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Estimation of causal mediation effects for a dichotomous outcome in multiple-mediator models using the mediation formula

Authors

  • Wei Wang,

    Corresponding author
    • Department of Epidemiology and Biostatistics, School of Medicine WG-37, Case Western Reserve University, Cleveland, OH 44106, U.S.A.
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  • Suchitra Nelson,

    1. Department of Community Dentistry, School of Dental Medicine, Case Western Reserve University, Cleveland, OH 44106, U.S.A.
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  • Jeffrey M. Albert

    1. Department of Epidemiology and Biostatistics, School of Medicine WG-37, Case Western Reserve University, Cleveland, OH 44106, U.S.A.
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Correspondence to: Wei Wang, Department of Epidemiology and Biostatistics, School of Medicine WG-37, Case Western Reserve University, 10900 Euclid Ave., Cleveland, OH 44106, U.S.A.

E-mail: wxw28@case.edu

Abstract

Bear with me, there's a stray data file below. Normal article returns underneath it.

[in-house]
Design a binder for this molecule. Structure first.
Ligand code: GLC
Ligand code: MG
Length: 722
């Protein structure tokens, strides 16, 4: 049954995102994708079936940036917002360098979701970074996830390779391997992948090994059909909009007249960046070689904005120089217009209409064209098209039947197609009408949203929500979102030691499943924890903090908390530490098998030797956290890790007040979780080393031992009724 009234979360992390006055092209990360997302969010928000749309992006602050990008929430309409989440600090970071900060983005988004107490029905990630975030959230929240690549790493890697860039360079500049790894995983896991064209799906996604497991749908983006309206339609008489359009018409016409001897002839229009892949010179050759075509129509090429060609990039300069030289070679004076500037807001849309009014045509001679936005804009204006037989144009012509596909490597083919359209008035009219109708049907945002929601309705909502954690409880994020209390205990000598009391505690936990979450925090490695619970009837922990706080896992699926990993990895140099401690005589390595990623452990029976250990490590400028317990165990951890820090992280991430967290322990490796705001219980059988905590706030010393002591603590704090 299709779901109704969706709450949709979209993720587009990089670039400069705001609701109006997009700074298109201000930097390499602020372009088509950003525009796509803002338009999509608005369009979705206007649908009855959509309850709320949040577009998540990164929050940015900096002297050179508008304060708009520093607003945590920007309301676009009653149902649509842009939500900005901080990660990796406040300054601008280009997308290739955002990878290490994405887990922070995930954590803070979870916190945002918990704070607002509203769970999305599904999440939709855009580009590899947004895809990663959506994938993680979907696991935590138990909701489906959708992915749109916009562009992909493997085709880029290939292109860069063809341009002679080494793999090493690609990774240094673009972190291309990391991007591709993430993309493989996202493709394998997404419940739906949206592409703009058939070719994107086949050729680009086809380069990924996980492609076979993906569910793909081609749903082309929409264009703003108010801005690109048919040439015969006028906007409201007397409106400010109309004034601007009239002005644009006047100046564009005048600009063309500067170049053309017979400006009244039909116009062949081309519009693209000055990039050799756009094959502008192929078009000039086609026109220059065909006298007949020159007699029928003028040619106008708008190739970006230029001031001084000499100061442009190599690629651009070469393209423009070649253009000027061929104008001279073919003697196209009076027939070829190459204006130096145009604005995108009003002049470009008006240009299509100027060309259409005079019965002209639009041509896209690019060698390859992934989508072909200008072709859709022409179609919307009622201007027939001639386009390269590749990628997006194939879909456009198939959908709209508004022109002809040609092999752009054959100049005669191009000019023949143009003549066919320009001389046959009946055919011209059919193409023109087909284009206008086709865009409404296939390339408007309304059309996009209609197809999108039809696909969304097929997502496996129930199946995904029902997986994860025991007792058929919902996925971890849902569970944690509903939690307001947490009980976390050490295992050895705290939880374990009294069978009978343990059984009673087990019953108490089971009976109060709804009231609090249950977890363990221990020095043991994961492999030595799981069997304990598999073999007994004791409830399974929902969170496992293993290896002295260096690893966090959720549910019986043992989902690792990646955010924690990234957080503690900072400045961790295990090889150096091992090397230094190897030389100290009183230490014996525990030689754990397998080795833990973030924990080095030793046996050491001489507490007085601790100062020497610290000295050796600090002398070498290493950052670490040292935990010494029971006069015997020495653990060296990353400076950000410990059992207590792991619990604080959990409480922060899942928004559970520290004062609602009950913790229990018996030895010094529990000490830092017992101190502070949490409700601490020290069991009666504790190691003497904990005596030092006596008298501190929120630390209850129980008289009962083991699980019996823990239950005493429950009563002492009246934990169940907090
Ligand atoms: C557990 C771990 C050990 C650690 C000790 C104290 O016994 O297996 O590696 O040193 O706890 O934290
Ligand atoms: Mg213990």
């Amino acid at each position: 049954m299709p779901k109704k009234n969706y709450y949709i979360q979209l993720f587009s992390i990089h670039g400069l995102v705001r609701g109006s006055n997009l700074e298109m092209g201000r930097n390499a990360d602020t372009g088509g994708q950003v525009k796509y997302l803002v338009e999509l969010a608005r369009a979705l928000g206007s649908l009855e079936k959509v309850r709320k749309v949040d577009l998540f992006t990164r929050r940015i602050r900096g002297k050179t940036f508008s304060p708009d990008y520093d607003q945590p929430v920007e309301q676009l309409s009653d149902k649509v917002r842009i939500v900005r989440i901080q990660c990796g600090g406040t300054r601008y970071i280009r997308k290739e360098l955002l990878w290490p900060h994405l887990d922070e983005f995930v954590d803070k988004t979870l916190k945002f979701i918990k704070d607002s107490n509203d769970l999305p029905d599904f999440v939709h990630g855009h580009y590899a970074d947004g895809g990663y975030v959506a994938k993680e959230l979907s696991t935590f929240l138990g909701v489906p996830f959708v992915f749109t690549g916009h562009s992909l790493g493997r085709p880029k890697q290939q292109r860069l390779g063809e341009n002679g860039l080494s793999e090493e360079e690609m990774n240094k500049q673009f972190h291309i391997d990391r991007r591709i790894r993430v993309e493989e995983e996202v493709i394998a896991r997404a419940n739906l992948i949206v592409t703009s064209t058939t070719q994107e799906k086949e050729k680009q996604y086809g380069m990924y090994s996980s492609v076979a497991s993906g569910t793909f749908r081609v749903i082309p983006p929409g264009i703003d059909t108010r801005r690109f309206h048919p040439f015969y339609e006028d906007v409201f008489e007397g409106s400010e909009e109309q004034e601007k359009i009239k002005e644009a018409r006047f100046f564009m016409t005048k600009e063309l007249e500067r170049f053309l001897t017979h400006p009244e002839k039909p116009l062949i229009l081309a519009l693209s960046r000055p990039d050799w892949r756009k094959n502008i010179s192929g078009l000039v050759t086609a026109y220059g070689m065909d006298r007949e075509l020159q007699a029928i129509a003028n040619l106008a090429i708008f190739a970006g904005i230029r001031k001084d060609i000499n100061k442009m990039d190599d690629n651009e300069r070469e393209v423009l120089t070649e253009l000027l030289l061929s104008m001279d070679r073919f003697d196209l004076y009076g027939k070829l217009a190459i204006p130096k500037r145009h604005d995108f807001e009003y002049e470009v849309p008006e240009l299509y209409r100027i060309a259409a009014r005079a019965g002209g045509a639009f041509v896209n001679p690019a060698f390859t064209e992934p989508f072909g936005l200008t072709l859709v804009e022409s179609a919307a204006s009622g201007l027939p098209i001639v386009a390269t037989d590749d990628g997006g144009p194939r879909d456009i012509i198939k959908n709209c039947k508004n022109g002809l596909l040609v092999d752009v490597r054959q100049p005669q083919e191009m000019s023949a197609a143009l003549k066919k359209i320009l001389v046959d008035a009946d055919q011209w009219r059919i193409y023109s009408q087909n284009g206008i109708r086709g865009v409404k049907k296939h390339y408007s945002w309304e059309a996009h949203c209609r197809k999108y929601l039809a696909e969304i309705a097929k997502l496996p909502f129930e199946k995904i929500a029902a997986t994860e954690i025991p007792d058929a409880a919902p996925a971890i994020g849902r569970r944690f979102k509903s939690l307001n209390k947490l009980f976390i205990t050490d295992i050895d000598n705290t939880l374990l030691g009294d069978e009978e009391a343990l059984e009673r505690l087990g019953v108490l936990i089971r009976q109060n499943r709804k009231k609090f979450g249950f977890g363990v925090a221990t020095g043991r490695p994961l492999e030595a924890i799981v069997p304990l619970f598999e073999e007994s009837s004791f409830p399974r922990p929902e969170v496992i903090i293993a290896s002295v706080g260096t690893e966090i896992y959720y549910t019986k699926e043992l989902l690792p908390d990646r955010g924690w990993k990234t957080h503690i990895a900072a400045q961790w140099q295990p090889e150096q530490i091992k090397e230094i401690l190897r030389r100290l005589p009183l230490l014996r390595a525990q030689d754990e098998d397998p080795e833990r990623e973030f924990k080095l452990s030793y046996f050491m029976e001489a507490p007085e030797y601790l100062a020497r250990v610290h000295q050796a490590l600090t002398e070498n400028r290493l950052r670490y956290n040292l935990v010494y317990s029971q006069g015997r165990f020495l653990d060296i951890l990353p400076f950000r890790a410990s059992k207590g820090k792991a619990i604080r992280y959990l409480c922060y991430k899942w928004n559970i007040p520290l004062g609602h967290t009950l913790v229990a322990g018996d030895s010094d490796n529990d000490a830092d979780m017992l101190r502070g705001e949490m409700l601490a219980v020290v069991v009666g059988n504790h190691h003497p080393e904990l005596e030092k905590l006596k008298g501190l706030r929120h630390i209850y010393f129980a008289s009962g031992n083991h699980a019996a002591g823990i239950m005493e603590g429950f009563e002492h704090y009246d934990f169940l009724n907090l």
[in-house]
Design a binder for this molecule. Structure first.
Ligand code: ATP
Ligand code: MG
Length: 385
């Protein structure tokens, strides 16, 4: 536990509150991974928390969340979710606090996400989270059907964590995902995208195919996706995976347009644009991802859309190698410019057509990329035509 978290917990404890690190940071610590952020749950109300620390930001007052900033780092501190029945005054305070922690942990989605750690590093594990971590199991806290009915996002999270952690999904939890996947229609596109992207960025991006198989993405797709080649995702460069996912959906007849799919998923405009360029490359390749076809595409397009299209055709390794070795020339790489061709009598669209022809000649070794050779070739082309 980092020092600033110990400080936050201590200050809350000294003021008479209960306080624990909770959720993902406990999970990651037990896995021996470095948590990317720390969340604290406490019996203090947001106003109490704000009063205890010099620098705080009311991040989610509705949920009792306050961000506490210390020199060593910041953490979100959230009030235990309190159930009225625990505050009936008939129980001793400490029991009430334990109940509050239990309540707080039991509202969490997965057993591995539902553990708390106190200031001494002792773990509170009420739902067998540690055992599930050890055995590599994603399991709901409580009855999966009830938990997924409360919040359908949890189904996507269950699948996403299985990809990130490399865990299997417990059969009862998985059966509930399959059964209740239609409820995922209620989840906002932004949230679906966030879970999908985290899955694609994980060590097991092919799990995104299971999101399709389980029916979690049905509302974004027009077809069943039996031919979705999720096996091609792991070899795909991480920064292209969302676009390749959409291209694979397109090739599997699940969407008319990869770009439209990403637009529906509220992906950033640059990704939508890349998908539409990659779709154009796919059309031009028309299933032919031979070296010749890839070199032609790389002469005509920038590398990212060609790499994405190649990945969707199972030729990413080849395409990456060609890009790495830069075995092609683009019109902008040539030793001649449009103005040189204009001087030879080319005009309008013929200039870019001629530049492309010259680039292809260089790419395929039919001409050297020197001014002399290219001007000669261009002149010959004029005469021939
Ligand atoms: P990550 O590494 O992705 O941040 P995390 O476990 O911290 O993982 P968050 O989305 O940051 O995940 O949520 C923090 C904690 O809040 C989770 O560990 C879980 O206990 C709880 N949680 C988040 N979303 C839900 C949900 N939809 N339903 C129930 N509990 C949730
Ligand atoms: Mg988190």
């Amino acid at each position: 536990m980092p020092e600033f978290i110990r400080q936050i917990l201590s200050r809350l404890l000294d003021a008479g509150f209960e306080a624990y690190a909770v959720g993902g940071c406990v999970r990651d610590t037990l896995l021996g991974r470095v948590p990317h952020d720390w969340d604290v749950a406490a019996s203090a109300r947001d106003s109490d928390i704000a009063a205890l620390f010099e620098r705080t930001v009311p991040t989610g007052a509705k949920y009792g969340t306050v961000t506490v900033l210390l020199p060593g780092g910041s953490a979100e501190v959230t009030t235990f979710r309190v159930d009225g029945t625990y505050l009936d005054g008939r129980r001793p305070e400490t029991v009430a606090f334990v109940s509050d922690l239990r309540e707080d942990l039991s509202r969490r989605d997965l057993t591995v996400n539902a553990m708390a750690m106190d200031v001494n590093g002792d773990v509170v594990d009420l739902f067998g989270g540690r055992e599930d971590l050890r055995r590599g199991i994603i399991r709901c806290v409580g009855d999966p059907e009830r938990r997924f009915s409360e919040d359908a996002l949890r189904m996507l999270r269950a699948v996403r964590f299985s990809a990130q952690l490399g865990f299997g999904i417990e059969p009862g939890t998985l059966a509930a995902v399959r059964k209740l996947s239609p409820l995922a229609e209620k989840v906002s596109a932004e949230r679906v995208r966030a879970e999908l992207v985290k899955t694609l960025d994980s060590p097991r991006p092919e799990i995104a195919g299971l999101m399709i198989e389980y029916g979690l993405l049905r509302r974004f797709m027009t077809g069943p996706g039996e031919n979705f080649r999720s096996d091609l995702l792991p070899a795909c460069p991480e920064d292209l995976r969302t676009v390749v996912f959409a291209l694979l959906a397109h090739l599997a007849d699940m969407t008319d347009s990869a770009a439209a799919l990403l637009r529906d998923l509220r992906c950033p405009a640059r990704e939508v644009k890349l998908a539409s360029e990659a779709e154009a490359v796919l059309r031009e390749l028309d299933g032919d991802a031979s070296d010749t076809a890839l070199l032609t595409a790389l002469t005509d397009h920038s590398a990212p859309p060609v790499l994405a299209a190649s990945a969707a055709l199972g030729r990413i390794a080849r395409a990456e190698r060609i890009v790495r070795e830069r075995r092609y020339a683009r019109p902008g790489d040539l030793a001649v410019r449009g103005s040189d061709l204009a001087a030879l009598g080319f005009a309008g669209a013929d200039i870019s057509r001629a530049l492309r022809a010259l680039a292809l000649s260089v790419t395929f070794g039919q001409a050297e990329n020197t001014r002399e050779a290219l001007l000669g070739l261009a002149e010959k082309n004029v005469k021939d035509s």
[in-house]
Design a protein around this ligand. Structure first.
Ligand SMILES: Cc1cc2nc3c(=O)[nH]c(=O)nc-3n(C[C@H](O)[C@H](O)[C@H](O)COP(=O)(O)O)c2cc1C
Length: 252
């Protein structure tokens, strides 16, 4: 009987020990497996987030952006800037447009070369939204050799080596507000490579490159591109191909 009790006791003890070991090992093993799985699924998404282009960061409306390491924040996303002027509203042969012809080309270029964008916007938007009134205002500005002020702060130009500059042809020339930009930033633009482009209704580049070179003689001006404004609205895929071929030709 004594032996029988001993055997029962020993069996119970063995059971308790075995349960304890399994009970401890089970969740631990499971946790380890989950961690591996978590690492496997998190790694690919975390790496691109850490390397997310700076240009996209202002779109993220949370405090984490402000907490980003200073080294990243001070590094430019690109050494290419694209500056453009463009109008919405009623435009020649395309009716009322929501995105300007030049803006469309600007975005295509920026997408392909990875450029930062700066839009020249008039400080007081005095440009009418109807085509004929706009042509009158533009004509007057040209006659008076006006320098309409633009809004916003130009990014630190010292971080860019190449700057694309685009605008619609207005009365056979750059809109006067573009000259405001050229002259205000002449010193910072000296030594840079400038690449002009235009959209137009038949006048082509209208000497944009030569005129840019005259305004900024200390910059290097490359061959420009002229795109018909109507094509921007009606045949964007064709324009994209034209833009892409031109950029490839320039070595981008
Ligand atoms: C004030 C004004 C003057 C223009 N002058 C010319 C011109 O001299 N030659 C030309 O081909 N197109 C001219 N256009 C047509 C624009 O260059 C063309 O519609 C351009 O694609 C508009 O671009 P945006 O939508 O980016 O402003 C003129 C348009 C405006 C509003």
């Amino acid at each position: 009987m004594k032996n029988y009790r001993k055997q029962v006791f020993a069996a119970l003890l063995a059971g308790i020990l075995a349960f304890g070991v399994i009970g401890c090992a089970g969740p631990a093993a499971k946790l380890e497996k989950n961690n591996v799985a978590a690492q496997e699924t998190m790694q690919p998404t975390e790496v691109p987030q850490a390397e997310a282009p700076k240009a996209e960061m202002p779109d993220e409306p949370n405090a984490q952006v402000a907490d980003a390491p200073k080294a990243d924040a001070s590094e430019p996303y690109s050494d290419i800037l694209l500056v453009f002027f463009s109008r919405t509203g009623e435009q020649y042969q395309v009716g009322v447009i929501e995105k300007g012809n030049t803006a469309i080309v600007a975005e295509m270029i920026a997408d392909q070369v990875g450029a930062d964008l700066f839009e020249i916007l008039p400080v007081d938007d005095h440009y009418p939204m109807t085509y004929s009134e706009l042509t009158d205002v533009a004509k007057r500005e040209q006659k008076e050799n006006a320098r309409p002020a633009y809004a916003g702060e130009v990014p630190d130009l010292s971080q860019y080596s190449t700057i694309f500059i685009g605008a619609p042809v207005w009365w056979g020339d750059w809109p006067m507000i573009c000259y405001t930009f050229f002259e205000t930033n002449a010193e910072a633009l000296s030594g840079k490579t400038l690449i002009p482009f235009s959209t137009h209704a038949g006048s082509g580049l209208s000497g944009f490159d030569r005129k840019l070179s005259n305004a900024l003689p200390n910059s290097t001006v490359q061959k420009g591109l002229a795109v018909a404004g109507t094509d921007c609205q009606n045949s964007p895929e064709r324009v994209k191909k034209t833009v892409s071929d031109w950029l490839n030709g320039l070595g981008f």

Mediators are intermediate variables in the causal pathway between an exposure and an outcome. Mediation analysis investigates the extent to which exposure effects occur through these variables, thus revealing causal mechanisms. In this paper, we consider the estimation of the mediation effect when the outcome is binary and multiple mediators of different types exist. We give a precise definition of the total mediation effect as well as decomposed mediation effects through individual or sets of mediators using the potential outcomes framework. We formulate a model of joint distribution (probit-normal) using continuous latent variables for any binary mediators to account for correlations among multiple mediators. A mediation formula approach is proposed to estimate the total mediation effect and decomposed mediation effects based on this parametric model. Estimation of mediation effects through individual or subsets of mediators requires an assumption involving the joint distribution of multiple counterfactuals. We conduct a simulation study that demonstrates low bias of mediation effect estimators for two-mediator models with various combinations of mediator types. The results also show that the power to detect a nonzero total mediation effect increases as the correlation coefficient between two mediators increases, whereas power for individual mediation effects reaches a maximum when the mediators are uncorrelated. We illustrate our approach by applying it to a retrospective cohort study of dental caries in adolescents with low and high socioeconomic status. Sensitivity analysis is performed to assess the robustness of conclusions regarding mediation effects when the assumption of no unmeasured mediator-outcome confounders is violated. Copyright © 2013 John Wiley & Sons, Ltd.

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